ABP and Fane Valley’s Slaney deal approved by European Commission

The European Commission (EC) has approved the joint acquisition of Slaney Foods JV and Slaney Proteins by ABP Group and Fane Valley. 

Following an investigation under the EU Merger Regulation, the EC concluded that the proposed acquisition would not adversely impact competition.

The EC’s investigation focused in particular on: the impact of purchasing of live cattle for slaughter in Ireland by ABP and Slaney Foods JV; the purchasing of live sheep and lambs for slaughter in an area encompassing Ireland and Northern Ireland by ABP, Slaney Foods JV and Fane Valley; the sale of fresh beef, lamb and mutton in Ireland; the sale of fresh lamb and mutton meat in Belgium, including to supermarkets by ABP and Slaney Foods JV; and the collection of animal by-products, generated by the slaughtering activities, in Ireland by ABP and Slaney Foods JV.

In its investigation, the EC assessed any potential increase of the slaughterhouses’ buyer power that might be of detriment to farmers. It found that farmers in Ireland tend to sell within a broad geographic radius and that they are able to switch slaughterhouses, if they can get better prices for their animals. Various slaughterhouses with spare capacity will continue to operate in Ireland, including in the southeast area, where the Slaney Foods JV cattle slaughtering facility is located, so the EC found that farmers will continue to have sufficient alternative buyers for their animals after the merger.

The EC also assessed the potential impact on competition relating to the sale of fresh meat. The investigation found that a number of strong competitors will remain active after the merger and that the parties will not be able to increase prices or impose detrimental conditions on retailers and industrial meat processors and ultimately on consumers.

Regarding the collection of animal by-products, the EC found that the volumes of animal by-products that competing renderers currently collect from the Slaney Foods JV/Fane Valley are modest. The investigation also showed that, after the merger, rendering plants would continue to have sufficient access to animal by-products.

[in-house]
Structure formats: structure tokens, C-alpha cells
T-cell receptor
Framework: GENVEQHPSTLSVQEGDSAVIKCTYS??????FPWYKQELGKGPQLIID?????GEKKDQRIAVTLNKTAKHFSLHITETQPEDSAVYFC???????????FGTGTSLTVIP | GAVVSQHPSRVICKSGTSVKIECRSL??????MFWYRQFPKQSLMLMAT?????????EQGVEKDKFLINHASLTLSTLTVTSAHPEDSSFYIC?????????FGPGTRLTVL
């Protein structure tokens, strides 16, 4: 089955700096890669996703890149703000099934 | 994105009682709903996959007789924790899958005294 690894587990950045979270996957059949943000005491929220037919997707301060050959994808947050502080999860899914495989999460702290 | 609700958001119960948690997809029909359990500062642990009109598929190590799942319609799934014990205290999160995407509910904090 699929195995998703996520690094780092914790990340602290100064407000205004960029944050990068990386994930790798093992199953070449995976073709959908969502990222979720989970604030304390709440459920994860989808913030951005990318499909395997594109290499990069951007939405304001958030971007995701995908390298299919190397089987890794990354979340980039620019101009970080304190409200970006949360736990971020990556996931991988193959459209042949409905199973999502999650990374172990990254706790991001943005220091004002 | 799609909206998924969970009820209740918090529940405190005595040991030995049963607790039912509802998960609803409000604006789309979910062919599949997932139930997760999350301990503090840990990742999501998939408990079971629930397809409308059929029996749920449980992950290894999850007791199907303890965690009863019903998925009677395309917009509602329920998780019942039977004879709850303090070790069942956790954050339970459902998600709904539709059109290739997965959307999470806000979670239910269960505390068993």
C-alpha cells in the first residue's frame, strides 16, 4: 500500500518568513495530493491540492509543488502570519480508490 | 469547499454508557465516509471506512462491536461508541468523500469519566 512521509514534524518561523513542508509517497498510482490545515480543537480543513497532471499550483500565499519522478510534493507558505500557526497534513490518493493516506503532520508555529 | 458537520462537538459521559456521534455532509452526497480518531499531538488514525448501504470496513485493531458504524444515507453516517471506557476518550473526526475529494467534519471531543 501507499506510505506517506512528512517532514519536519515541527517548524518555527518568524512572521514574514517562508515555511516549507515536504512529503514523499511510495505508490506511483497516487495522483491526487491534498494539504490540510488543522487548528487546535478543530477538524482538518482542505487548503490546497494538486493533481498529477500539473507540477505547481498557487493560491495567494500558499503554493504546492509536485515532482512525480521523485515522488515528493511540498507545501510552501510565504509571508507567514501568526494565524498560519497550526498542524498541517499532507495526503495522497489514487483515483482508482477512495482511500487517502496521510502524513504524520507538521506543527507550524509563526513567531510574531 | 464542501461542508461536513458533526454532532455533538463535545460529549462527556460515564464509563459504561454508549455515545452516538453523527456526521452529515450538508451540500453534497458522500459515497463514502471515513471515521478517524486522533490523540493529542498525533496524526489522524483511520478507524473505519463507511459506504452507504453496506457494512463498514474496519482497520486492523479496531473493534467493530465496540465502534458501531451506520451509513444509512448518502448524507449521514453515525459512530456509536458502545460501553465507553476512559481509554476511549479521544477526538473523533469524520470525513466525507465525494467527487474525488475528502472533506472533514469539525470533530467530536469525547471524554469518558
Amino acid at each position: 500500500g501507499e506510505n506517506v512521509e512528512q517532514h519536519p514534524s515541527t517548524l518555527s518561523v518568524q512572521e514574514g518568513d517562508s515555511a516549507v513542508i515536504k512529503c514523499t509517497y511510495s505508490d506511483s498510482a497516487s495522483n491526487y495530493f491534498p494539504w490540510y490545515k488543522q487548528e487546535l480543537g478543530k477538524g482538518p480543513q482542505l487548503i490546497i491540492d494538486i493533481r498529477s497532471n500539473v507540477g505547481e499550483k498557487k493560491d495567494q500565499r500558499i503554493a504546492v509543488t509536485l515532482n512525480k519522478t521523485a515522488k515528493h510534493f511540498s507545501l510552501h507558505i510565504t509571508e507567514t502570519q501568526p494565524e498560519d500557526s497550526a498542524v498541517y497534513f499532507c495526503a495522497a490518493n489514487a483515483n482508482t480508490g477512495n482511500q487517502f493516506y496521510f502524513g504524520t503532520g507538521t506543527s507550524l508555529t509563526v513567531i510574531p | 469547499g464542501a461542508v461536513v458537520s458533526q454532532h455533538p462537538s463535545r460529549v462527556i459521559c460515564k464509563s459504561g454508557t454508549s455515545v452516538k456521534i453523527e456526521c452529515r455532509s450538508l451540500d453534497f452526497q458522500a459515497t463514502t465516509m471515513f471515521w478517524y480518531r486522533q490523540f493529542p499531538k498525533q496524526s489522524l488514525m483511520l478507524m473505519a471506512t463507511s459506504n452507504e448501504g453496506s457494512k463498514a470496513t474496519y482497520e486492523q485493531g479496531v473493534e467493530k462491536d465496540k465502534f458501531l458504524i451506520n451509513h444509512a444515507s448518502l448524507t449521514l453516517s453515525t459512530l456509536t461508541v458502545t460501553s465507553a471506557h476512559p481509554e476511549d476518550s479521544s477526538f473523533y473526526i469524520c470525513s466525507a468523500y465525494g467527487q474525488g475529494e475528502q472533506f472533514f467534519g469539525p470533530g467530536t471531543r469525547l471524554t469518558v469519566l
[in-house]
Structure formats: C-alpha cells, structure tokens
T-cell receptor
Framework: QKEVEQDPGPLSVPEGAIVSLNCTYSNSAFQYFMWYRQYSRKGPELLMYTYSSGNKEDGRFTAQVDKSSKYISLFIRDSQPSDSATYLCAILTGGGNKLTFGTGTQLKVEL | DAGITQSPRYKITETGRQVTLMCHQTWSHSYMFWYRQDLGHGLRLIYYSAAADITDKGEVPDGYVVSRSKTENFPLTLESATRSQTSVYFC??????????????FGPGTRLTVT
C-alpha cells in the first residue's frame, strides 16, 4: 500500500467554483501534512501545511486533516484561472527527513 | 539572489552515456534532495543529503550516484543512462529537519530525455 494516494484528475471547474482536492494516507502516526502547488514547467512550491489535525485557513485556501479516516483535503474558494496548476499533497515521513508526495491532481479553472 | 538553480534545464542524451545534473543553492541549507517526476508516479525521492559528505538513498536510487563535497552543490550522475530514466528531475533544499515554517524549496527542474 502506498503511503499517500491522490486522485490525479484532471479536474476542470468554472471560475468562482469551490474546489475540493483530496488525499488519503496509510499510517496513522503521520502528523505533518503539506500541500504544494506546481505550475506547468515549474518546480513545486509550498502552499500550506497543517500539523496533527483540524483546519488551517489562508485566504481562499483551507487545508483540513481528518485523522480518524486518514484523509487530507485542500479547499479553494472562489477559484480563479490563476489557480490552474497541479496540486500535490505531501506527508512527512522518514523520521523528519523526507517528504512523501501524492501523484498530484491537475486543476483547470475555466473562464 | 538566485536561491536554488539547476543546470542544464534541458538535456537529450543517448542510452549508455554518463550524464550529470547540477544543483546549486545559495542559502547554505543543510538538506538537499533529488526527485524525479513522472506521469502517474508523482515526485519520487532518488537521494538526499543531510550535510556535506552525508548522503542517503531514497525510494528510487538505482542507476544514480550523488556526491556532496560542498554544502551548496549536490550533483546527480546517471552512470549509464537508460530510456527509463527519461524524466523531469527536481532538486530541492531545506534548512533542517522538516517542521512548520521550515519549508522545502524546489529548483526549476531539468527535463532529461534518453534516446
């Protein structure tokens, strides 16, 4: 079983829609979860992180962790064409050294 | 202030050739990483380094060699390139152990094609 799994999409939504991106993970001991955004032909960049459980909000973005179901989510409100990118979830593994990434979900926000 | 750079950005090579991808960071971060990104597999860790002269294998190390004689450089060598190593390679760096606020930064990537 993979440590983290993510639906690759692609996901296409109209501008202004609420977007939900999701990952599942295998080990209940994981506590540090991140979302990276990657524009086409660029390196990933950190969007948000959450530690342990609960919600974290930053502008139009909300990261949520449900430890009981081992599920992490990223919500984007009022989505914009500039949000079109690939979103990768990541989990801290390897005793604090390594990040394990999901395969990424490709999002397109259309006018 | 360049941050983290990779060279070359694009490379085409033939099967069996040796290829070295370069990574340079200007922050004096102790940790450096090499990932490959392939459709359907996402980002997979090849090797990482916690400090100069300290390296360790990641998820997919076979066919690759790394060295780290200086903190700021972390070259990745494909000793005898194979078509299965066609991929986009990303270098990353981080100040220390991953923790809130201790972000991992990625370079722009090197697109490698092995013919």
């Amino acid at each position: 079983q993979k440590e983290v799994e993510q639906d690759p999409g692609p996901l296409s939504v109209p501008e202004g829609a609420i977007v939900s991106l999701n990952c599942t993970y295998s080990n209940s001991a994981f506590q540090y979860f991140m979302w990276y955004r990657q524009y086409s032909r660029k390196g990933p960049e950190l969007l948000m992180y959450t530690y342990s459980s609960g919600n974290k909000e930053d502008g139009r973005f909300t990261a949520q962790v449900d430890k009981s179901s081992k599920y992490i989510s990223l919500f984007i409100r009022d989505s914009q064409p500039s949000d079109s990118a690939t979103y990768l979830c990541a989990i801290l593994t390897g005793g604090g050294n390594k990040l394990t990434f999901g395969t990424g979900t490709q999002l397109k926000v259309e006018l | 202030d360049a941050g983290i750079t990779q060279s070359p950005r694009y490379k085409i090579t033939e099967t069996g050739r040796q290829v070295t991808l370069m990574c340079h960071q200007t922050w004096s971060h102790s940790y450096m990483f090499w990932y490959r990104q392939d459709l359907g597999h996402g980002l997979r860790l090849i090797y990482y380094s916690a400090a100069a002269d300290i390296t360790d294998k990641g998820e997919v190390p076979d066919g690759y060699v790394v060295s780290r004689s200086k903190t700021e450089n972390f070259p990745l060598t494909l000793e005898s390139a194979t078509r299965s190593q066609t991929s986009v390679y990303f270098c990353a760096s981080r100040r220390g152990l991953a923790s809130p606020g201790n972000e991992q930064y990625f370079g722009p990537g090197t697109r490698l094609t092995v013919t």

The EC also found that the transaction was unlikely to have a negative impact on slaughterhouses in relation to their disposal of animal by-products.

ABP Food Group and Fane Valley Group both welcomed the decision by the EU Commission to approve the joint venture.

Frank Stephenson, CEO ABP Food Group, said: “The joint venture will enable both ABP and Fane Valley, through the Slaney Foods joint venture, to grow our respective businesses by bringing a stronger product offering to international markets where we compete with much larger global players.

“The decision, which follows a thorough evaluation by the directorate-general for competition at the EC, will allow the parties to enhance an already highly competitive beef processing sector in Ireland and to grow their main export markets through the JV. This transaction has always been about securing better international markets for meat products and developing an industry that needs to evolve to remain relevant and compete effectively on the global stage.”

Trevor Lockhart, CEO Fane Valley Group, added: “This is a positive outcome for the respective businesses and a step in the right direction for the red meat industry in Ireland. It is imperative for the long term sustainability of the sector that we develop highly effective business models that maximise the opportunities to sell quality beef and lamb from Ireland in the international marketplace. That has been the combined goal of ABP and Fane Valley from the very outset.”

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